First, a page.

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Steve Perry traces journey to latest album on new release
Steve Perry spent 22 years away from the music business and largely out of the public eye before the release of his 2018 album "Traces."
Now, it seems, we can't get rid of him not that anybody's complaining.
Since "Traces," the former Journey frontman has released a deluxe edition of the album, a 2019 holiday EP, "Silver Bells," and this month he put out "Traces (Alternate Versions & Sketches)," featuring stripped-down renditions of seven of the album's songs.
"This is a tip of my hat to the 'Traces' project," Perry, 71, explains by phone from his home in southern California. "I just wanted to strip it down and show everybody the raw emotion that exists in those songs for one last time, before I move on to what's next."
And that mention of "next" indicates Perry doesnt plan to drop out of sight, or sound, as he did during the 90s.
"I think I'm too old to stop now," he declares with a raspy laugh. "I've got so much music I've got started down in my studio now, I really know if I'll have time to finish it all. But I'm working on it, man. I'm working on it."
Randy Goodrum, a frequent co-writer including "Oh Sherrie" and "Most of All" on "Traces" adds that, "Steve and I ... don't understand how a person in the creative arts can actually retire. Look back at historic composers, novelists, and poets. Some of them did their craft until the day they left the planet. I would imagine Steve will always be in creative gear. Always.
Perry's return in 2018 was, and remains, significant. He was one of rock's most successful and iconic singers during his time with Journey, 1978-96, co-writing nearly every one of the band's hits and put the nonexistent "south Detroit" on the map with 1981's "Don't Stop Believin'" as well as his solo smash "Oh Sherrie" in 1984. His nearly total disappearance after the band's 1996 album "Trial By Fire" was mystifying, as Journey continued without Perry when health problems prevented him from touring. "I had lost my passion for it," Perry says now. "I went through this incredible dry spell of being burnt out. So I stopped, and a short break turned into a long sabbatical.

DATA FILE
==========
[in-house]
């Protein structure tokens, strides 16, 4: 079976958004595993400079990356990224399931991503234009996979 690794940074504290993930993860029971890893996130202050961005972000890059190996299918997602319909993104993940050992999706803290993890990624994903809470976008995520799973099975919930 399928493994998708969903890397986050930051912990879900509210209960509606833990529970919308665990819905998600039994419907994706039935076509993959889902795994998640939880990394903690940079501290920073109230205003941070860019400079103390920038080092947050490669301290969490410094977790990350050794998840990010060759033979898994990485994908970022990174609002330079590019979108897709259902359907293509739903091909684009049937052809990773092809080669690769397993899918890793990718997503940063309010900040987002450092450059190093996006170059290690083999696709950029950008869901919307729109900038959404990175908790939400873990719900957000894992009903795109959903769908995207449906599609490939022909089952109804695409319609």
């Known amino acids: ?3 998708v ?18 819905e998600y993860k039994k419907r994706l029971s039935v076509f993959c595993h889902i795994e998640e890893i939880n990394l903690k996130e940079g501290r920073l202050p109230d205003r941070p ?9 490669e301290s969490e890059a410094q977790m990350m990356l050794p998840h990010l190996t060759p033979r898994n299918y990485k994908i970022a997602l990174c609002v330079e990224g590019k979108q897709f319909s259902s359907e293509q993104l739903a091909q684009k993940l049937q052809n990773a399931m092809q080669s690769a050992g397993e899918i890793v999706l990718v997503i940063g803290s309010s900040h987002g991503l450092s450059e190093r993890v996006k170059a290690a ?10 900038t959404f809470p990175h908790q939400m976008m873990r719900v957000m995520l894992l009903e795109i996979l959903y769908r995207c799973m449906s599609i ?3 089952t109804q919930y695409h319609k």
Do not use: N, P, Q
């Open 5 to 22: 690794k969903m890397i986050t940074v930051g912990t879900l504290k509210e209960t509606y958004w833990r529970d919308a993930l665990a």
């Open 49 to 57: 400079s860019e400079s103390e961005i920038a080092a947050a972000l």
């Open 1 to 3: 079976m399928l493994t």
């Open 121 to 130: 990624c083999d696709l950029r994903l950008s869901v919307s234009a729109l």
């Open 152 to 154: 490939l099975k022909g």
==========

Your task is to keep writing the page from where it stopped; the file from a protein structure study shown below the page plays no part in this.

"And I think the sabbatical was totally needed because I didn't plan on ever writing again or being in music again."
Perry did pop up randomly at San Francisco Giants games, onstage with the Eels during 2014, at Journey's Rock and Roll Hall of Fame induction during 2017 (though he declined to perform with the band). He continued writing songs, too, but "Traces" came as part of a promise to girlfriend Kellie Nash, who died from cancer in December 2012 but left behind a kick in the pants for Perry to start releasing music again.
"I had promised her that if something were ever to happen to her, I would not go back into isolation because she felt it would have made us coming together for naught," Perry recalls. "That was a huge request from her. So that meant, 'Build a studio, Steve. Make a record, Steve. Get off your ass and sing again.'"
Starting the process with "Most of All" "a serious song about loss" that he started before meeting Nash, which is so important to Perry that it's on "Alternate Versions and Sketches" twice "Traces" came together over the course of nearly two and a half years, with co-producer Thom Flowers and a cadre of players and co-writers. Even as the album was released, debuting at No. 6 on the Billboard 200, Perry spoke about the alternate version, saying the songs had the goods to stand up in these stripped-down arrangements.